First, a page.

“Well,” said he, pleasantly, “you may as well see what the inside of these booths is like: think of something you want.”

Said I: “Could I get some tobacco and a pipe?”

“Of course,” said he; “what was I thinking of, not asking you before? Well, Bob is always telling me that we non-smokers are a selfish lot, and I’m afraid he is right. But come along; here is a place just handy.”

Therewith he drew rein and jumped down, and I followed. A very handsome woman, splendidly clad in figured silk, was slowly passing by, looking into the windows as she went. To her quoth Dick: “Maiden, would you kindly hold our horse while we go in for a little?” She nodded to us with a kind smile, and fell to patting the horse with her pretty hand.

“What a beautiful creature!” said I to Dick as we entered.

“What, old Greylocks?” said he, with a sly grin.

“No, no,” said I; “Goldylocks — the lady.”

“Well, so she is,” said he. “’Tis a good job there are so many of them that every Jack may have his Jill: else I fear that we should get fighting for them. Indeed,” said he, becoming very grave, “I don’t say that it does not happen even now, sometimes. For you know love is not a very reasonable thing, and perversity and self-will are commoner than some of our moralist’s think.” He added, in a still more sombre tone: “Yes, only a month ago there was a mishap down by us, that in the end cost the lives of two men and a woman, and, as it were, put out the sunlight for us for a while. Don’t ask me about it just now; I may tell you about it later on.”

By this time we were within the shop or booth, which had a counter, and shelves on the walls, all very neat, though without any pretence of showiness, but otherwise not very different to what I had been used to. Within were a couple of children — a brown-skinned boy of about twelve, who sat reading a book, and a pretty little girl of about a year older, who was sitting also reading behind the counter; they were obviously brother and sister.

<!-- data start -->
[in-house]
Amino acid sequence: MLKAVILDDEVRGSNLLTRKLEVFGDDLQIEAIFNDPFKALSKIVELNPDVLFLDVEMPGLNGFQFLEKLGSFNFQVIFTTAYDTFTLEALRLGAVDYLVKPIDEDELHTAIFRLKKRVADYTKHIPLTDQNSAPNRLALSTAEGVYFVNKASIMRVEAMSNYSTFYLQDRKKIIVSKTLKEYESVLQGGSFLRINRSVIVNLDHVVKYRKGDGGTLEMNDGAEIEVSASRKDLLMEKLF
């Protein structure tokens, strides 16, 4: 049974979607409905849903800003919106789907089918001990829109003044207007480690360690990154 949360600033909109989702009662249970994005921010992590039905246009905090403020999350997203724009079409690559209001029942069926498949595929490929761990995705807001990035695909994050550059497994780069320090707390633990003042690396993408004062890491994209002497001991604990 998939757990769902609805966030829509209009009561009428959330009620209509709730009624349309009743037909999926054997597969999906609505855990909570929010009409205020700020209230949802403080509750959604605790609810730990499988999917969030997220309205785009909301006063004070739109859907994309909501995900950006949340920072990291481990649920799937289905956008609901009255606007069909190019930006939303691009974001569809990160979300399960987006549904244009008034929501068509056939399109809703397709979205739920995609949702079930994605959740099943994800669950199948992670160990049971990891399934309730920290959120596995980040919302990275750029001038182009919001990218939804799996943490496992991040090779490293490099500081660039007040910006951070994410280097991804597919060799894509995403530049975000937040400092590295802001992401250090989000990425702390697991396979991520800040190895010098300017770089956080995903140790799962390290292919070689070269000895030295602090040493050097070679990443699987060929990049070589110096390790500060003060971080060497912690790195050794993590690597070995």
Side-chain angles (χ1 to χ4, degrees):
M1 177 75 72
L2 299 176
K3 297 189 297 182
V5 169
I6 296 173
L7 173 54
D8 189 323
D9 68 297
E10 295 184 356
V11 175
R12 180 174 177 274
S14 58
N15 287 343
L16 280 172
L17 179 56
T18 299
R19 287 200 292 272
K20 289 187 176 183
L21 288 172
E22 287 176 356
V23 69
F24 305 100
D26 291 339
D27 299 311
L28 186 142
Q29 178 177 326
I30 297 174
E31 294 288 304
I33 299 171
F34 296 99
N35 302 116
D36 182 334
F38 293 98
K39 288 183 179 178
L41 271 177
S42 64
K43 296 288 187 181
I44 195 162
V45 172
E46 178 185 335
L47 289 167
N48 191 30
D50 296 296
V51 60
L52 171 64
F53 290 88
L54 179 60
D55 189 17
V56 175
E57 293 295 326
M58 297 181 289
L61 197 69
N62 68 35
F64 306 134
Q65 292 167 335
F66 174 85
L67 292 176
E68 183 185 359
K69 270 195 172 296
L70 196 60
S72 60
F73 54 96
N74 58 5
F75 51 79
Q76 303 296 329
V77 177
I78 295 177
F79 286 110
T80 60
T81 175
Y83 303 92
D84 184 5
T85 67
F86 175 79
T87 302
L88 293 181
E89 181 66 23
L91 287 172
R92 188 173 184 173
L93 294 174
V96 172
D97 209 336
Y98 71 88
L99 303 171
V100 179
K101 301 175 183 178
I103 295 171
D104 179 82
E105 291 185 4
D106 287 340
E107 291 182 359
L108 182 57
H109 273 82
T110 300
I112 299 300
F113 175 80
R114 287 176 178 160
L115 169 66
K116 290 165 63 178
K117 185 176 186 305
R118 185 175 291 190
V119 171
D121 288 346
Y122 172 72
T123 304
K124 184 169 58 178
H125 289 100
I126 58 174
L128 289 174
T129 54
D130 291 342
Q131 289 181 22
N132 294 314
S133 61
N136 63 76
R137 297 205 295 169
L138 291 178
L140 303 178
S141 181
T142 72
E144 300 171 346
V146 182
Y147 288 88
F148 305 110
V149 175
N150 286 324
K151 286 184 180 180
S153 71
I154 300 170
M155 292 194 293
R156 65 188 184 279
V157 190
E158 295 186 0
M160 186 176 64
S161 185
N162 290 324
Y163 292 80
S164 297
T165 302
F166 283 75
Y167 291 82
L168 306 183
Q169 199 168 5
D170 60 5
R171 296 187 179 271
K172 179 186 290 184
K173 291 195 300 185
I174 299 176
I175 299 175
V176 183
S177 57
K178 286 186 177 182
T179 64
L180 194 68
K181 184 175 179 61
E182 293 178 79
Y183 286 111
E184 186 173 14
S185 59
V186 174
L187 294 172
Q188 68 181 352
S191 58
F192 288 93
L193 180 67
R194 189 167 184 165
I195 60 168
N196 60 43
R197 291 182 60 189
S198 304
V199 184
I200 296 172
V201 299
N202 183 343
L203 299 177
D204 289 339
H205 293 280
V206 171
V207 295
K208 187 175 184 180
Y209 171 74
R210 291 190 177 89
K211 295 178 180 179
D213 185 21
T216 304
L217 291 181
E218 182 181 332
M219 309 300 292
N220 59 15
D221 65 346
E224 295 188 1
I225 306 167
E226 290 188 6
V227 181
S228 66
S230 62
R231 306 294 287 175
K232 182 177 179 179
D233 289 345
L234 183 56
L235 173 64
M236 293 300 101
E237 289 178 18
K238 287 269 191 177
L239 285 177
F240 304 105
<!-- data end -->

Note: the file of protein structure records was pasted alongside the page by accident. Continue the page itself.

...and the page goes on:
“Good morning, little neighbours,” said Dick. “My friend here wants tobacco and a pipe; can you help him?”

“O yes, certainly,” said the girl with a sort of demure alertness which was somewhat amusing. The boy looked up, and fell to staring at my outlandish attire, but presently reddened and turned his head, as if he knew that he was not behaving prettily.

“Dear neighbour,” said the girl, with the most solemn countenance of a child playing at keeping shop, “what tobacco is it you would like?”

“Latakia,” quoth I, feeling as if I were assisting at a child’s game, and wondering whether I should get anything but make-believe.

But the girl took a dainty little basket from a shelf beside her, went to a jar, and took out a lot of tobacco and put the filled basket down on the counter before me, where I could both smell and see that it was excellent Latakia.

“But you haven’t weighed it,” said I, “and — and how much am I to take?”

“Why,” she said, “I advise you to cram your bag, because you may be going where you can’t get Latakia. Where is your bag?”

I fumbled about, and at last pulled out my piece of cotton print which does duty with me for a tobacco pouch. But the girl looked at it with some disdain, and said —

“Dear neighbour, I can give you something much better than that cotton rag.” And she tripped up the shop and came back presently, and as she passed the boy whispered something in his ear, and he nodded and got up and went out. The girl held up in her finger and thumb a red morocco bag, gaily embroidered, and said, “There, I have chosen one for you, and you are to have it: it is pretty, and will hold a lot.”

Therewith she fell to cramming it with the tobacco, and laid it down by me and said, “Now for the pipe: that also you must let me choose for you; there are three pretty ones just come in.”